As a business owner, being prepared is one of the best traits you can have. Whether it’s preparing to lose your largest customer overnight, a team mate asking for a leave of absence or a big ole’ category 5 hurricane coming to town, like Hurricane Irma, being ready for an emergency is something every business owner should be prepared for. Here’s a list of things to be prepared for when the biggest hurricane ever known to mankind comes knocking.
Your team and your customers should be your #1 priority.
Don’t open your business just to open. If opening your business could put your employees, your customers, or yourself in harm’s way just stay closed. Missing a day of business won’t kill you, and closing down might actually save you money if the storm is dampening demand.
If it’s not in the cloud, make sure you have a copy. Ask your service providers (legal, accounting, etc.) to do the same. Portable hard drives are crucial. If you’re working from a desktop, drop those important documents into an external drive and keep it with you. Powerful storms can bring power surges, fires, and floods, all of which, could ruin computers.
Don’t forget to take precautions with your non-digital assets too. Move what you can away from windows and to higher ground. Don’t let the storm send you on a shopping spree to replace the things you’ve lost.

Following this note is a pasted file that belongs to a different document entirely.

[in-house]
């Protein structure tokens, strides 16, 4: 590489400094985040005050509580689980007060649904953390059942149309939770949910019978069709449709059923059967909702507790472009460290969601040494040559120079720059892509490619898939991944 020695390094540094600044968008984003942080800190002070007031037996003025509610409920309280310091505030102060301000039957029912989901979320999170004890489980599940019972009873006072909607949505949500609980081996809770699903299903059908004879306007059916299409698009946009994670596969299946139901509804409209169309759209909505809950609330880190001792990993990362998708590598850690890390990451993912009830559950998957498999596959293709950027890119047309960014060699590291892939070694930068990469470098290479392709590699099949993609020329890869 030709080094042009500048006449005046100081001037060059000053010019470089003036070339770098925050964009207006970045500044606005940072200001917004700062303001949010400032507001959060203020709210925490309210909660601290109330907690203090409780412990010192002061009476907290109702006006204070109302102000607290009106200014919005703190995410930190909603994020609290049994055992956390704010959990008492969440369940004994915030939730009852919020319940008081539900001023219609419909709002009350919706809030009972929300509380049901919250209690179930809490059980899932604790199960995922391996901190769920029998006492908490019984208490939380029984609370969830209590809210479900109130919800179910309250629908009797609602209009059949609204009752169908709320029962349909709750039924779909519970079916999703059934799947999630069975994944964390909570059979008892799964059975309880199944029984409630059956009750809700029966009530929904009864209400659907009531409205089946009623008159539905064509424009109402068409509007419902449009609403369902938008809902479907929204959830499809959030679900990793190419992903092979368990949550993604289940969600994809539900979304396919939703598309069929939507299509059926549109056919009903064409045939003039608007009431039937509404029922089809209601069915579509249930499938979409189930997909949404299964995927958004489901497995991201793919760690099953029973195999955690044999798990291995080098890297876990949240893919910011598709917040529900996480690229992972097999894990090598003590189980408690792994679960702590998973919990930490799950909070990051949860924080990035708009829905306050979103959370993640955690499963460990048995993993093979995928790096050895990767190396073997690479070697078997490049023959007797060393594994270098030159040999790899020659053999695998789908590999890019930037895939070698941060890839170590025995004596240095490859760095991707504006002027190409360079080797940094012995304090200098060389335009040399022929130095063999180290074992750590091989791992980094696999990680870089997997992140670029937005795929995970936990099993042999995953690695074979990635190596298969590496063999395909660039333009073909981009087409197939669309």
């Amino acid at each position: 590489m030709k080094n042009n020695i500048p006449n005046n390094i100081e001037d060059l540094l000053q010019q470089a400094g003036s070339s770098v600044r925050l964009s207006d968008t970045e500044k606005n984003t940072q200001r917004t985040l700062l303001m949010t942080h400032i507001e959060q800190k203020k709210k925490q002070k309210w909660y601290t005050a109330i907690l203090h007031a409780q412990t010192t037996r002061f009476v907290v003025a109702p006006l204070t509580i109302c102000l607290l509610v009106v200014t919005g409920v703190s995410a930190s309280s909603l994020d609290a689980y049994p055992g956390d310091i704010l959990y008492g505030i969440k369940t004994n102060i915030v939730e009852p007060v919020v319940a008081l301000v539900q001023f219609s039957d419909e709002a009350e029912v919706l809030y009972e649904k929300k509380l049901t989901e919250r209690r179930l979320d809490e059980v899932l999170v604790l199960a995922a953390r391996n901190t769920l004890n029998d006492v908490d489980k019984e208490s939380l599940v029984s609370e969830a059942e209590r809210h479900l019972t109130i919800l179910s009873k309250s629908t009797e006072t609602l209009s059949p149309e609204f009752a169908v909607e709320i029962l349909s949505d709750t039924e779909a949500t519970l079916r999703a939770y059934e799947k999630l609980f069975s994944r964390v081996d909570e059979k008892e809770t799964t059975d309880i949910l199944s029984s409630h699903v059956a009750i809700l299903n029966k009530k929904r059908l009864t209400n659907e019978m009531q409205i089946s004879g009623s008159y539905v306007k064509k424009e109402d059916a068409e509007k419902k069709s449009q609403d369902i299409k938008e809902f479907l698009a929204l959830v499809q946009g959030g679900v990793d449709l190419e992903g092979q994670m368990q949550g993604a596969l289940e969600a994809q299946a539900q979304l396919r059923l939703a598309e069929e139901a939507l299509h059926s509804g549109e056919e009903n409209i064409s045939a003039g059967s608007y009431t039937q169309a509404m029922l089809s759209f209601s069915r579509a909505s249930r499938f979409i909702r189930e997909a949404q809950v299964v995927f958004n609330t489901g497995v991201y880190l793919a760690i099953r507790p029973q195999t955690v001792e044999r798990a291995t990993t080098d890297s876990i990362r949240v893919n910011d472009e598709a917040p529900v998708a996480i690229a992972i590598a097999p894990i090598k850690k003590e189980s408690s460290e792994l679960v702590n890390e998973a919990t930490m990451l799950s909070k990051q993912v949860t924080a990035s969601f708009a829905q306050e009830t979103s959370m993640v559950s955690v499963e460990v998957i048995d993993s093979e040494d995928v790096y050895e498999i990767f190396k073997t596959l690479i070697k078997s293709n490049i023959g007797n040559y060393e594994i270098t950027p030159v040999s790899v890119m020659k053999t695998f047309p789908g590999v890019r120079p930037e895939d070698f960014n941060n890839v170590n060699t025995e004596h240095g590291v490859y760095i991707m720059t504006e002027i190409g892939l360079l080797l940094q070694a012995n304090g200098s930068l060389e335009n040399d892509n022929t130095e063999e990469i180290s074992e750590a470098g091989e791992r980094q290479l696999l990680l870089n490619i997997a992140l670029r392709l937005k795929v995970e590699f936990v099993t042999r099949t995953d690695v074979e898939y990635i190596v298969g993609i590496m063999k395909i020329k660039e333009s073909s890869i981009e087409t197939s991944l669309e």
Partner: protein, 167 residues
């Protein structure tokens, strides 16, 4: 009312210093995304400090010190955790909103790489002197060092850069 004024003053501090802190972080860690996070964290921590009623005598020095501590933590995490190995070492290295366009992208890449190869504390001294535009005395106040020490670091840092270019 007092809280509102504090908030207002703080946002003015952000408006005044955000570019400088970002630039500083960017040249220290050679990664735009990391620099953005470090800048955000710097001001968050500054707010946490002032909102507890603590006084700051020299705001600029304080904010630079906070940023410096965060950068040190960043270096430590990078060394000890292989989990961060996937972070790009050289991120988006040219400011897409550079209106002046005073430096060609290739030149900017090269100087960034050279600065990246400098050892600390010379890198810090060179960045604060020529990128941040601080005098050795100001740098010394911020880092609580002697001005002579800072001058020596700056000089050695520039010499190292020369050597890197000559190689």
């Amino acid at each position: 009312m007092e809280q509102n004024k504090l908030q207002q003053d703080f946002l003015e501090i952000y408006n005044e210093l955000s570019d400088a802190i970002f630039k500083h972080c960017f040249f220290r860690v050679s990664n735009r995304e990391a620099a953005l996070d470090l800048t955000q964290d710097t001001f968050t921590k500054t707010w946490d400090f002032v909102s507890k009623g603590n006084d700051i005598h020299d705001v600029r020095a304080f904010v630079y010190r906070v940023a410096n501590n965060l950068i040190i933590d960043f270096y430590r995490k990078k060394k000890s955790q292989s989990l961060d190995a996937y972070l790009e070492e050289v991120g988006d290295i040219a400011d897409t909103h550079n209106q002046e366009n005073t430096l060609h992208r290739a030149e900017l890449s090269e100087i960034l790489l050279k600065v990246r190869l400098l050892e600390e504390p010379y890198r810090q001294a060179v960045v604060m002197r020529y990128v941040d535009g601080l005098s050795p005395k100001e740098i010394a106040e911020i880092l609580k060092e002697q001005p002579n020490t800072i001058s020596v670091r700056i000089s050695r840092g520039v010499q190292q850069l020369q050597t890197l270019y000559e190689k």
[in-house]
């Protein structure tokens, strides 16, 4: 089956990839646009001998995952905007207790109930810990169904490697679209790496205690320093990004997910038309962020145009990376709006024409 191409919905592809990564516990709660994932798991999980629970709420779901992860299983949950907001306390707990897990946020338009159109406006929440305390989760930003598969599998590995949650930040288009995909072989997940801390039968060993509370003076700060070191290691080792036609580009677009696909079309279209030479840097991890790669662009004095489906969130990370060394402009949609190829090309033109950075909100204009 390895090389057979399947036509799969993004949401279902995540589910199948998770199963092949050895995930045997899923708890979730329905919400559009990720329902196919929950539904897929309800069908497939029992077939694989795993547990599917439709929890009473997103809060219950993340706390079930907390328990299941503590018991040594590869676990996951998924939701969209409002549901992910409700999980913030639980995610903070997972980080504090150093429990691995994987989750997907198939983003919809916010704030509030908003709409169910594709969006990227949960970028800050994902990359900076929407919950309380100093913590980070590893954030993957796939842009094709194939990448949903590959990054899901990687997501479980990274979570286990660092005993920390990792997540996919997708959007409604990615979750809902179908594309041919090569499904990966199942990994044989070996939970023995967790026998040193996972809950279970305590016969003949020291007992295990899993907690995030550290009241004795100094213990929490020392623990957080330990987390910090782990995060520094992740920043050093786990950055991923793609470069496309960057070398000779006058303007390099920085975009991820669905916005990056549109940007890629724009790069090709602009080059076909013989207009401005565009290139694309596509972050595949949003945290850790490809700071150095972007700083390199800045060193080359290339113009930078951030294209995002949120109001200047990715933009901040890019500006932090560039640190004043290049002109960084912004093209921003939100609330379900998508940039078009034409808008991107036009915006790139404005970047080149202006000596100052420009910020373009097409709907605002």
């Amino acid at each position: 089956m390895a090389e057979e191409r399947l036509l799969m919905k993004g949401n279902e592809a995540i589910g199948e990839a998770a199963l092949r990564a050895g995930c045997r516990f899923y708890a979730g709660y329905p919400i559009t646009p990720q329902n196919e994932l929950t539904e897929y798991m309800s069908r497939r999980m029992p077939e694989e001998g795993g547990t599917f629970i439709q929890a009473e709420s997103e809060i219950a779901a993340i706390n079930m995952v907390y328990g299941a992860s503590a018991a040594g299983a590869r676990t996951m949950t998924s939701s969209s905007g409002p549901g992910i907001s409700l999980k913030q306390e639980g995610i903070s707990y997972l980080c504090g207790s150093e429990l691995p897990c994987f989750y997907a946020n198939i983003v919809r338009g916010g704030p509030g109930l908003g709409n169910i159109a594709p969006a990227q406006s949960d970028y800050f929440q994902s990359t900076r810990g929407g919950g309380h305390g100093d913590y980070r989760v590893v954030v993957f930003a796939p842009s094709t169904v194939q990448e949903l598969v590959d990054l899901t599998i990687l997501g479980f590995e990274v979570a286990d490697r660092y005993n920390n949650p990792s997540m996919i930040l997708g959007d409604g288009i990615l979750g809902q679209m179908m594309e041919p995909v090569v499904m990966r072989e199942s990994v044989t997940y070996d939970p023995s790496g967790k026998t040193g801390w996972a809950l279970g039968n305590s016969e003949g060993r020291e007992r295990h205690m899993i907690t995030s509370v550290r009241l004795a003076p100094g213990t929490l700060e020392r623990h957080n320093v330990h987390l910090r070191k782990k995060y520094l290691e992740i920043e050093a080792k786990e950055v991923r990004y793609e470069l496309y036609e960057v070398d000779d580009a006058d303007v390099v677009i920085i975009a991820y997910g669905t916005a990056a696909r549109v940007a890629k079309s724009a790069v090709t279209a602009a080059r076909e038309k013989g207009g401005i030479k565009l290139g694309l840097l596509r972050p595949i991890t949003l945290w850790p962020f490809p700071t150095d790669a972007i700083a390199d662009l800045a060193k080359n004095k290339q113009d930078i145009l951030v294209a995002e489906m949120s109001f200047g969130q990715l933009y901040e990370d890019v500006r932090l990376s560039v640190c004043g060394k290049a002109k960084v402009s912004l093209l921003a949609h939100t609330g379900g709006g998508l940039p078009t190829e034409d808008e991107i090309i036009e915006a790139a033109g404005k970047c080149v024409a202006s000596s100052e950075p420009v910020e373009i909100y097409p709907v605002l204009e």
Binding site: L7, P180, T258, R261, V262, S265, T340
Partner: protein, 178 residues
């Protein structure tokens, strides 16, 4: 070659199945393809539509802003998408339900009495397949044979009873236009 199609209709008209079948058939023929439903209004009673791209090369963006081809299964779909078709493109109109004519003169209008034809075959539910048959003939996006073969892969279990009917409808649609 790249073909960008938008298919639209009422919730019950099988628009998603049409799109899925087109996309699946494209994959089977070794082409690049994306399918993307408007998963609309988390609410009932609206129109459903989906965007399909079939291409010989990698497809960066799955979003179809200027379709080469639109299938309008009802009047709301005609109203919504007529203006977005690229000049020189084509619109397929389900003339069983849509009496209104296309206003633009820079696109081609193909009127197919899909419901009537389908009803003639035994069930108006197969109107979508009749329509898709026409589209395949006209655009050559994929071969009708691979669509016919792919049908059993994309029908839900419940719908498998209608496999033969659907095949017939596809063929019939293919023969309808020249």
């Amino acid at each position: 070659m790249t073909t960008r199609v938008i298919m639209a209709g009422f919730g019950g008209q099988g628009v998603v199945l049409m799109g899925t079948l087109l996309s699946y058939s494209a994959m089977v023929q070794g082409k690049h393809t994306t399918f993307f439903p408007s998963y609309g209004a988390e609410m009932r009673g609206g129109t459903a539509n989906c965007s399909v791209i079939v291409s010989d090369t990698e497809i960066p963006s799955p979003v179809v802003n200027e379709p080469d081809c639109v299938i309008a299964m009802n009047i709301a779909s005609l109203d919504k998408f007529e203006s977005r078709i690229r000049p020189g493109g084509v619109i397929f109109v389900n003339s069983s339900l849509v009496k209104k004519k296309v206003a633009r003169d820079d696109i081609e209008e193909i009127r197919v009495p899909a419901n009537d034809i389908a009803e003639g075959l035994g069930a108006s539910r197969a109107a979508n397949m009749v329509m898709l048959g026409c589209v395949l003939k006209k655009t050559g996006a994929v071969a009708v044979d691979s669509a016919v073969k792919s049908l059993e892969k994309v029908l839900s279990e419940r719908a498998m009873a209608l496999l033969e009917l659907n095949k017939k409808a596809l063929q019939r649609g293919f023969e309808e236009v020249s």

Know your P&L
Your Profit & Loss Statement is a guide to how your business is doing. Understand how to read one and what to do with it.
Do you have insurance?
… Do you have the correct insurance? This one might be obvious, but some business owners put off insurance until the last minute. It can protect you from extravagant emergency costs. The right insurance will also protect you from the damage you inadvertently cause. If a tree on your property causes damage to other people’s stuff, who is responsible?
Call your bank
Confirm that your payroll will run during emergencies like hurricanes or other storms where people lose power.
Make sure to pay your bills! — Set up automatic payments if you need to.
What will you do if you can’t make money for a few weeks?
If you have a physical location — and it is in the area affected by the hurricane, do you have a hurricane kit ready?
Will your business be open?
Create a plan for your team. It doesn’t need to be long, just have something in place. If people can’t come in, what is the protocol? If they can come in, do you want a full staff, are they carpooling. Again, have some sort of plan.
What happens if you can’t open, does landlord expect you to still pay rent? Check your lease agreement.
Save money for a rainy day.
It’s tough to be prepared for everything, but having a rainy day fund comes in handy for emergencies – even actual rainy days.
If your business is safe and sound but your community isn’t, consider helping relief efforts. Examples include Anheuser Busch canning water instead of beer, a furniture store in Texas opening to stranded people, and Jack Browns Burger Joing donating profits for a whole week.